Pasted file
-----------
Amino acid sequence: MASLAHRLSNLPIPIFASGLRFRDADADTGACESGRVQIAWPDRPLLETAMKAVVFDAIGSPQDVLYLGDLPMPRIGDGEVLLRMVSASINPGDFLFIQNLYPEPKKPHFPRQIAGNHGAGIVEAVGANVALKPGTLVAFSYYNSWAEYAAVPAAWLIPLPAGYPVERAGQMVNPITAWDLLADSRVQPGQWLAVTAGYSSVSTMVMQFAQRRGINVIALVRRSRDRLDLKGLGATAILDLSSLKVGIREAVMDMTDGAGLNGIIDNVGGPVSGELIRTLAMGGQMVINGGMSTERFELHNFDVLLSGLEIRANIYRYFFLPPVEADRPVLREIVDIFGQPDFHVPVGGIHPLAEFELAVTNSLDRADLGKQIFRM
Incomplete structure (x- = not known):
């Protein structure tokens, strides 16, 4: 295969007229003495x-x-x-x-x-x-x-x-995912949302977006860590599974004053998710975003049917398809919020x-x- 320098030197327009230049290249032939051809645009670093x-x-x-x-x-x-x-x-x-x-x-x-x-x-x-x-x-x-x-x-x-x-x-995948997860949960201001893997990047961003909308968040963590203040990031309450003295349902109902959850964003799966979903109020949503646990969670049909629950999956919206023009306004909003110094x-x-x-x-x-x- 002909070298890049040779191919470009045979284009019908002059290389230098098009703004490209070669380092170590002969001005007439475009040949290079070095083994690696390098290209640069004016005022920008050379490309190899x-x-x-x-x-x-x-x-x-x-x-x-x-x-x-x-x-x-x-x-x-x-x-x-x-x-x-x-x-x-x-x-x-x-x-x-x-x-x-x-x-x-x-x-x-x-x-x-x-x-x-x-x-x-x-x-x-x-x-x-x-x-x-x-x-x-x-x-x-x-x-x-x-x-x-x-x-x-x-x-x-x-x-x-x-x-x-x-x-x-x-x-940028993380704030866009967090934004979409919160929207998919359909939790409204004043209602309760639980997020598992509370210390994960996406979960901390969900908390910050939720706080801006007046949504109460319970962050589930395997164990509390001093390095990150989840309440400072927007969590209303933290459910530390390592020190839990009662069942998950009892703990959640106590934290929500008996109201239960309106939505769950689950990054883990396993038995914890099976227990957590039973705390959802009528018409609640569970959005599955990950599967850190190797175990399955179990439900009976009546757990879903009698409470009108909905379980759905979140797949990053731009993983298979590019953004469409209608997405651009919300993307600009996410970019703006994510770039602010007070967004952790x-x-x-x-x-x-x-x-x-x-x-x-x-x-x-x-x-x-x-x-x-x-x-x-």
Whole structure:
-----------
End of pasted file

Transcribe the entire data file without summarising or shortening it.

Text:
Amino acid sequence: MASLAHRLSNLPIPIFASGLRFRDADADTGACESGRVQIAWPDRPLLETAMKAVVFDAIGSPQDVLYLGDLPMPRIGDGEVLLRMVSASINPGDFLFIQNLYPEPKKPHFPRQIAGNHGAGIVEAVGANVALKPGTLVAFSYYNSWAEYAAVPAAWLIPLPAGYPVERAGQMVNPITAWDLLADSRVQPGQWLAVTAGYSSVSTMVMQFAQRRGINVIALVRRSRDRLDLKGLGATAILDLSSLKVGIREAVMDMTDGAGLNGIIDNVGGPVSGELIRTLAMGGQMVINGGMSTERFELHNFDVLLSGLEIRANIYRYFFLPPVEADRPVLREIVDIFGQPDFHVPVGGIHPLAEFELAVTNSLDRADLGKQIFRM
Incomplete structure (x- = not known):
């Protein structure tokens, strides 16, 4: 295969007229003495x-x-x-x-x-x-x-x-995912949302977006860590599974004053998710975003049917398809919020x-x- 320098030197327009230049290249032939051809645009670093x-x-x-x-x-x-x-x-x-x-x-x-x-x-x-x-x-x-x-x-x-x-x-995948997860949960201001893997990047961003909308968040963590203040990031309450003295349902109902959850964003799966979903109020949503646990969670049909629950999956919206023009306004909003110094x-x-x-x-x-x- 002909070298890049040779191919470009045979284009019908002059290389230098098009703004490209070669380092170590002969001005007439475009040949290079070095083994690696390098290209640069004016005022920008050379490309190899x-x-x-x-x-x-x-x-x-x-x-x-x-x-x-x-x-x-x-x-x-x-x-x-x-x-x-x-x-x-x-x-x-x-x-x-x-x-x-x-x-x-x-x-x-x-x-x-x-x-x-x-x-x-x-x-x-x-x-x-x-x-x-x-x-x-x-x-x-x-x-x-x-x-x-x-x-x-x-x-x-x-x-x-x-x-x-x-x-x-x-x-940028993380704030866009967090934004979409919160929207998919359909939790409204004043209602309760639980997020598992509370210390994960996406979960901390969900908390910050939720706080801006007046949504109460319970962050589930395997164990509390001093390095990150989840309440400072927007969590209303933290459910530390390592020190839990009662069942998950009892703990959640106590934290929500008996109201239960309106939505769950689950990054883990396993038995914890099976227990957590039973705390959802009528018409609640569970959005599955990950599967850190190797175990399955179990439900009976009546757990879903009698409470009108909905379980759905979140797949990053731009993983298979590019953004469409209608997405651009919300993307600009996410970019703006994510770039602010007070967004952790x-x-x-x-x-x-x-x-x-x-x-x-x-x-x-x-x-x-x-x-x-x-x-x-």
Whole structure: